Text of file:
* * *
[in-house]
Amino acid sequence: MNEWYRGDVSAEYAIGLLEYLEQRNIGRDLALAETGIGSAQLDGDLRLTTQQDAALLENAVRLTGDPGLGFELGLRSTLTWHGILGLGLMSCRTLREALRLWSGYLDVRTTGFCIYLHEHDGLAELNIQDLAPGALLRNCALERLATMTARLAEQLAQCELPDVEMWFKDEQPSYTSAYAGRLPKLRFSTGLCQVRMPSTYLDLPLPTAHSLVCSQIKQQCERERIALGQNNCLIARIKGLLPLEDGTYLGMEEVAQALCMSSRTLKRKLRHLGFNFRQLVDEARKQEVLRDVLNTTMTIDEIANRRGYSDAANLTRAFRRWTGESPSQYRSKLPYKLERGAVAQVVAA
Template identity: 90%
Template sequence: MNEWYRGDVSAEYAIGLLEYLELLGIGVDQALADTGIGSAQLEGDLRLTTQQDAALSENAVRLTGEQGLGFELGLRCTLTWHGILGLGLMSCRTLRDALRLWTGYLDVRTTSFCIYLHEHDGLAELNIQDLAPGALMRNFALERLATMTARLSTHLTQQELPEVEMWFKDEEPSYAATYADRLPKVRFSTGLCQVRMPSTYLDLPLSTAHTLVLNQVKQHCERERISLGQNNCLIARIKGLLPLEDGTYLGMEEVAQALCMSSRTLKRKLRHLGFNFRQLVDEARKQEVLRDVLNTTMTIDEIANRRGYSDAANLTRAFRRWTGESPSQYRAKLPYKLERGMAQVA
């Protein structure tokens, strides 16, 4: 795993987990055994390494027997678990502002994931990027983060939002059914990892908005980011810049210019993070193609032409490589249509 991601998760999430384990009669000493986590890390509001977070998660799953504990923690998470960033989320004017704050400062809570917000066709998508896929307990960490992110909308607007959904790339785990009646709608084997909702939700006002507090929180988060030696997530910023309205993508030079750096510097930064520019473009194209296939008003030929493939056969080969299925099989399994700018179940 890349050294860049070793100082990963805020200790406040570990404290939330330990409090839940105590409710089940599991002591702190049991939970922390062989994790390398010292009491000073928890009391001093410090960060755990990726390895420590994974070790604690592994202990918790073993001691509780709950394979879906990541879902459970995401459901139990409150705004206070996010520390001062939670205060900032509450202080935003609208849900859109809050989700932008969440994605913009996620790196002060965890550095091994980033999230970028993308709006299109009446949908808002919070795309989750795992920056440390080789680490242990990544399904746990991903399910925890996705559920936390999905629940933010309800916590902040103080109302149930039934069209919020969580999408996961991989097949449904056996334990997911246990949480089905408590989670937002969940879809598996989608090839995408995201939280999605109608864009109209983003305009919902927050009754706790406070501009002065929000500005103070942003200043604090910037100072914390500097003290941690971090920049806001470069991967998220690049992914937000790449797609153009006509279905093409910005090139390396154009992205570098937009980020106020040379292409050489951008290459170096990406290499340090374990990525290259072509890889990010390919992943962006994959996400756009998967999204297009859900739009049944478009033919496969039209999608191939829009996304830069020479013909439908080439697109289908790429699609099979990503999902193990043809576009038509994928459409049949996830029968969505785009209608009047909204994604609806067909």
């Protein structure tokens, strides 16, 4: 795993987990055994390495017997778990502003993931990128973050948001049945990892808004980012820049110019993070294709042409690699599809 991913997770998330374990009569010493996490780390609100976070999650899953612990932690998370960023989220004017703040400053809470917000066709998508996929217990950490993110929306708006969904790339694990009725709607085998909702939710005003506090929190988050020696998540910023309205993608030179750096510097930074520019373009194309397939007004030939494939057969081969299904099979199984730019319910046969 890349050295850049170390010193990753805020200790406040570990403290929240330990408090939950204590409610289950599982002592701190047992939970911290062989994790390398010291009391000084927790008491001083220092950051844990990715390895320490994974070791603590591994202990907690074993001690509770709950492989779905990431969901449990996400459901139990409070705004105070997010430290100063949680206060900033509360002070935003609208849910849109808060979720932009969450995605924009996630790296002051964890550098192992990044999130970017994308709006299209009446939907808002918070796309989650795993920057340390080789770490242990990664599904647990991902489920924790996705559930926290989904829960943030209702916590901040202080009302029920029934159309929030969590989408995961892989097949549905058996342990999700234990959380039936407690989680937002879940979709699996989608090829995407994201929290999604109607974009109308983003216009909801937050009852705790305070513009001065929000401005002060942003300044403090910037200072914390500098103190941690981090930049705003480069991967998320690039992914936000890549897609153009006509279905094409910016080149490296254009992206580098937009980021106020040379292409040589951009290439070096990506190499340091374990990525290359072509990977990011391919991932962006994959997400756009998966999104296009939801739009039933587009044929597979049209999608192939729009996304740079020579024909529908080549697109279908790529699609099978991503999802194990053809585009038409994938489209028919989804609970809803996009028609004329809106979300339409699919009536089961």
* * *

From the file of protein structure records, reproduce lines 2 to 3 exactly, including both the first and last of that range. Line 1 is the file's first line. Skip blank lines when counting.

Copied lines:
Amino acid sequence: MNEWYRGDVSAEYAIGLLEYLEQRNIGRDLALAETGIGSAQLDGDLRLTTQQDAALLENAVRLTGDPGLGFELGLRSTLTWHGILGLGLMSCRTLREALRLWSGYLDVRTTGFCIYLHEHDGLAELNIQDLAPGALLRNCALERLATMTARLAEQLAQCELPDVEMWFKDEQPSYTSAYAGRLPKLRFSTGLCQVRMPSTYLDLPLPTAHSLVCSQIKQQCERERIALGQNNCLIARIKGLLPLEDGTYLGMEEVAQALCMSSRTLKRKLRHLGFNFRQLVDEARKQEVLRDVLNTTMTIDEIANRRGYSDAANLTRAFRRWTGESPSQYRSKLPYKLERGAVAQVVAA
Template identity: 90%